Elliot's Essays

Words of a Feather

Perhaps a few of you — as I did — fell under the spell of Jim Fixx's bestselling The Complete Book of Running, which was published in 1977, and so you too began jogging for regular exercise. Having been an exceptionally unathletic child, I was not a natural runner. A former friend once observed me jogging past his house in my coral-colored running shorts and described my unique ungainly style as that of an "arthritic flamingo." Yes, it was at that very moment that he became "former."  When poor Mr. Fixx was found dead seven years later of a massive heart attack by the...

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Just Call Me Chip

Here I sit at my iPad in late December, ready to begin my January 17 essay for you. For some reason, no topic has come to mind during these last few days, so I figured that my lying here on my comfy den couch, iPad poised on my holiday-inflated stomach, would inspire me. I figured wrong.   Am I, for the first time, in the deadly throes of… Writer’s Block? No! My topic has just arrived on the wings of desperation. I shall write on that most elusive of topics: writer’s block itself. And I can definitely trace my knowledge...

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Stocking Boy

Because my father owned a women’s hosiery store, I found myself employed during junior and senior high summer vacations at his Midwestern Hosiery Company. Being able to call my boss 'Dad' had its advantages. My hours of work were basically from when I wanted to appear (10:00 a.m. seemed congenial) until Dad ran out of busy work and sent me home, much to the relief of both of us. By my high school years I had requested a more creative position than a mere stock-boy stocking stockings. (I've been a connoisseur of awful puns for over sixty years now.) When pantyhose...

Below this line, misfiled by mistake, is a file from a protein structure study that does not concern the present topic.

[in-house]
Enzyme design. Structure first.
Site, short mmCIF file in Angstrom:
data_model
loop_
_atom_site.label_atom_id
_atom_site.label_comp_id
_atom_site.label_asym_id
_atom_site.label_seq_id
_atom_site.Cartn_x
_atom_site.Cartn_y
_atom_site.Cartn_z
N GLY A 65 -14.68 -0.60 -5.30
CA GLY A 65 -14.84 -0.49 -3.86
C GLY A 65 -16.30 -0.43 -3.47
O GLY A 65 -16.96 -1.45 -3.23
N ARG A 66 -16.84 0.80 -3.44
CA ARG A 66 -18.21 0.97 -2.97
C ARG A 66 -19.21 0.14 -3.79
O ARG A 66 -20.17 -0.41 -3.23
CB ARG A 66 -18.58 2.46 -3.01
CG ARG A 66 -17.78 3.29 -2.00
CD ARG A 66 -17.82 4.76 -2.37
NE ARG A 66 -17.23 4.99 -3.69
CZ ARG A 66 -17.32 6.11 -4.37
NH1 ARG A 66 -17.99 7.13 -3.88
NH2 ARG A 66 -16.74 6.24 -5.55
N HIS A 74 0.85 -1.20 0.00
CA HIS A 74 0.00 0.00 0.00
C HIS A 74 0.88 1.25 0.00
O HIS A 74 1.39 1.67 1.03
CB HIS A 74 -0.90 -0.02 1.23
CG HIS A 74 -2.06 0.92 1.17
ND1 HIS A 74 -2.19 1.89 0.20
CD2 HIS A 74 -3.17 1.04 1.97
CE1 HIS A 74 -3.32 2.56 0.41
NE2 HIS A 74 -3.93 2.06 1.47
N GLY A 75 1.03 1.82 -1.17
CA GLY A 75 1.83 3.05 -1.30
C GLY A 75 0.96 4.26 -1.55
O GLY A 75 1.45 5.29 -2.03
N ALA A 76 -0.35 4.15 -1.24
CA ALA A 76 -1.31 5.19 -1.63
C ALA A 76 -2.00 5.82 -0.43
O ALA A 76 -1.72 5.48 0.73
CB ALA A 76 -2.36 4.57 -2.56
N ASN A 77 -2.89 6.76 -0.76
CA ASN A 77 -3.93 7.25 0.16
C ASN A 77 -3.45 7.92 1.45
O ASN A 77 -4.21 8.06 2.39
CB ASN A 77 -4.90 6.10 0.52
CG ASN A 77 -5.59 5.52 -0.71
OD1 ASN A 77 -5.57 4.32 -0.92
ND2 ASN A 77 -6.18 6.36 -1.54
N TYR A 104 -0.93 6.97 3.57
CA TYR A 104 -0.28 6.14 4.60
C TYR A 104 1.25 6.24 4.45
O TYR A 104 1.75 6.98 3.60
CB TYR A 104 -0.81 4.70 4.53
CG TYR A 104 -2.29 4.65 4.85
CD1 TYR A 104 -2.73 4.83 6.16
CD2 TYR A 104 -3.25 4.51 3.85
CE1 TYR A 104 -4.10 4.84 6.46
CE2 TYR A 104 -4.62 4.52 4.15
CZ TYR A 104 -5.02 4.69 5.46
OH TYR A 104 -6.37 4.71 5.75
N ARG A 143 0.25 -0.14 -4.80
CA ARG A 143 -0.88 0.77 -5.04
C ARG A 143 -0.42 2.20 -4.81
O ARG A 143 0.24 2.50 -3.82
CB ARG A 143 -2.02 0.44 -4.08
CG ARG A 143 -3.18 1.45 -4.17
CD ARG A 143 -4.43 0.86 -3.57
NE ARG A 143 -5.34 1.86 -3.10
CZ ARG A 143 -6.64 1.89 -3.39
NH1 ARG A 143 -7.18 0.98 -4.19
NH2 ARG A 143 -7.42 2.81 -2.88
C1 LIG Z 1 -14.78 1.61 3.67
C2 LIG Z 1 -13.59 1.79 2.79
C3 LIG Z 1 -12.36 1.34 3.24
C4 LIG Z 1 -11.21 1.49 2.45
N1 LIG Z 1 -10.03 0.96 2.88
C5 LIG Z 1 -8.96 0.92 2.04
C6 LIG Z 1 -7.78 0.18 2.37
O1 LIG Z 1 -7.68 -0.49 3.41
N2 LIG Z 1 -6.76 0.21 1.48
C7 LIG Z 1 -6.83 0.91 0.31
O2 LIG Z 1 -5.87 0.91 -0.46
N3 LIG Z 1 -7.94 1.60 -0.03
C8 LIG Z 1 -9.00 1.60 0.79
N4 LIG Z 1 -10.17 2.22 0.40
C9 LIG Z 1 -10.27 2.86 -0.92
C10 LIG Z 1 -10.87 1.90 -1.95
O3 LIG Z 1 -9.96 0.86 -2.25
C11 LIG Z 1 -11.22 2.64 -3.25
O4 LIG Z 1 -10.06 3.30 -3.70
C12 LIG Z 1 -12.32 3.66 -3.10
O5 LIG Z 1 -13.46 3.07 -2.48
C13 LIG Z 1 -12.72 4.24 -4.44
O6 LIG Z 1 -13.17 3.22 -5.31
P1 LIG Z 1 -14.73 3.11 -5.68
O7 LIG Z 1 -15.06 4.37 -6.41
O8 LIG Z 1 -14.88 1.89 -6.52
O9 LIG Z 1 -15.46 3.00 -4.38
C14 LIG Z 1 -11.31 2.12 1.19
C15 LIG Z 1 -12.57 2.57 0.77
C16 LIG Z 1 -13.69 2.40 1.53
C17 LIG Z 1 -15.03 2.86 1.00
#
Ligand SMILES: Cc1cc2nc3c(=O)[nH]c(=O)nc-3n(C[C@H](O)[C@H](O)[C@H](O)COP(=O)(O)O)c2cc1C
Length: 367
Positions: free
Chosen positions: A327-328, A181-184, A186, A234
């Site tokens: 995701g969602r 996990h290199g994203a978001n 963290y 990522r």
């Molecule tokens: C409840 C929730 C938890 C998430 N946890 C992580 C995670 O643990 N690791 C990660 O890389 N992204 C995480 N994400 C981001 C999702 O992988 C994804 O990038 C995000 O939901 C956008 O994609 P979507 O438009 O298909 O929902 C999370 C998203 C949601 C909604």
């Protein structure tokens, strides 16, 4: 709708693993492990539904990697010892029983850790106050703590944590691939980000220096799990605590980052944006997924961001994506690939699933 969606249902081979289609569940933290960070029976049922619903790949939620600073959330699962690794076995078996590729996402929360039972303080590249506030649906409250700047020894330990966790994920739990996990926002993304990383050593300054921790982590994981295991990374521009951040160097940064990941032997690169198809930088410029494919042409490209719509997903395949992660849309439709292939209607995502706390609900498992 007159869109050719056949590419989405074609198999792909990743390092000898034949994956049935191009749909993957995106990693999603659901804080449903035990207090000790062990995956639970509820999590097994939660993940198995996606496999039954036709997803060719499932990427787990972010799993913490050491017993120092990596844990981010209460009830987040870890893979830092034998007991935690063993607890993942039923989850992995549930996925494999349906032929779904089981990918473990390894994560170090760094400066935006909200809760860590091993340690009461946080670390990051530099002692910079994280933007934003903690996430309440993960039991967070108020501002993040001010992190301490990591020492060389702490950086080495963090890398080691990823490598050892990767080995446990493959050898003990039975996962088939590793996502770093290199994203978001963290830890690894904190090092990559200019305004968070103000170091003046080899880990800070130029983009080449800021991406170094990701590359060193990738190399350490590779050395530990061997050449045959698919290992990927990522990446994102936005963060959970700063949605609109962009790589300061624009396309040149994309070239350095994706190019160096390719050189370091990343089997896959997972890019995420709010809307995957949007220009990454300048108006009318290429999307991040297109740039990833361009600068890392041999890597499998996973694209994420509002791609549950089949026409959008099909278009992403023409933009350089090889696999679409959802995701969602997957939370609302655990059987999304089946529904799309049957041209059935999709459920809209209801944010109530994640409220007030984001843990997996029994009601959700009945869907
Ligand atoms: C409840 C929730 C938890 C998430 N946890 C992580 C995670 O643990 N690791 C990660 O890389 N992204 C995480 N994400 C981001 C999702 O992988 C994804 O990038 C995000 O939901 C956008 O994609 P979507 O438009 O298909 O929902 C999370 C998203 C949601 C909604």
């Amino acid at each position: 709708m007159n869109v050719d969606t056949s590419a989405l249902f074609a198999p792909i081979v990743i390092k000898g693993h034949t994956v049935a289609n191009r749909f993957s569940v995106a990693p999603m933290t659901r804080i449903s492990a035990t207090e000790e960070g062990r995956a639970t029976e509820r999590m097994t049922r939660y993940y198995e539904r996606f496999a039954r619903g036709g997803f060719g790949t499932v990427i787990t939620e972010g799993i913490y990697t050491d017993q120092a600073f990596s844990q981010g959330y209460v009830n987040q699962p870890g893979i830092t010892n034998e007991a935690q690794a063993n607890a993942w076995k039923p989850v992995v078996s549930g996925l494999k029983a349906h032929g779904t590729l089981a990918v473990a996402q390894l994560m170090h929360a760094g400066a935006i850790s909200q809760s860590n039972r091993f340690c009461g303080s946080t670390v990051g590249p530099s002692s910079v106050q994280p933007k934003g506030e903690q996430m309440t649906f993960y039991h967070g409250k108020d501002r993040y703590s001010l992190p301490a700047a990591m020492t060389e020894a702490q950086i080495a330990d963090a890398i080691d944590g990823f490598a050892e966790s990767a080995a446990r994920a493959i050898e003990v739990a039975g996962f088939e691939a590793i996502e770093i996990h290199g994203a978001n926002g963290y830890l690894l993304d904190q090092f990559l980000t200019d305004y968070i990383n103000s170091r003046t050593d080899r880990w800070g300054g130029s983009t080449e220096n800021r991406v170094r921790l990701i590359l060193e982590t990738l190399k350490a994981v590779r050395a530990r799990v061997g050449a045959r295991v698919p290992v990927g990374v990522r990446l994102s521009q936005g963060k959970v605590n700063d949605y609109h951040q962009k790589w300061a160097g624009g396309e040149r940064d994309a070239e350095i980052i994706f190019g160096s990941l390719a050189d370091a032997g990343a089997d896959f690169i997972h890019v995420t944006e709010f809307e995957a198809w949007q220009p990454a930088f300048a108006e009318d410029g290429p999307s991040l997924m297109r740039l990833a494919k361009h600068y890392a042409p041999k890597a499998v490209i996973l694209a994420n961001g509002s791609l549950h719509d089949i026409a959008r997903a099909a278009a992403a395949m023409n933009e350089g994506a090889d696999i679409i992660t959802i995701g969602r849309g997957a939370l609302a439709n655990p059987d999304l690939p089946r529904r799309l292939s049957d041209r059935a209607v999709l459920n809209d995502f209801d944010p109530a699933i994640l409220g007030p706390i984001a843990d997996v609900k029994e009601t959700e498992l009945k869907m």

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A Dickens of a Christmas

Poor Charles Dickens. Here is an author who seriously remarked: “In a hundred years I hope to be remembered as the man who wrote Martin Chuzzlewit.” Martin who? Sorry, Charles, it’s now been way over a hundred years, but Mr. Chuzzlewit has become a literary casualty of the Missing-In-Inaction variety. Did Dickens happen to mention a second work that he hoped would bring him immortality? No, he did not — which is so odd given the fact that he made the prediction in 1843 when he was not only writing the now neglected CHUZZLEWIT but also had just finished one other...

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Spotlight ON Professor Engel

I was reading an article last week about an on-the-job death where a man trying to deliver newspapers to subscribers during a tropical storm was killed by flying debris. The freak accident was bad enough, but the journalist saved the truly tragic coup de grâce for the last sentence: “He leaves behind a wife and three young children.”    I realize that the odds of my own tragic on-the-job demise are quite slim. I suppose I could be at a podium in an auditorium in which an enormous spotlight has been faultily installed above center stage where I stand lecturing on...

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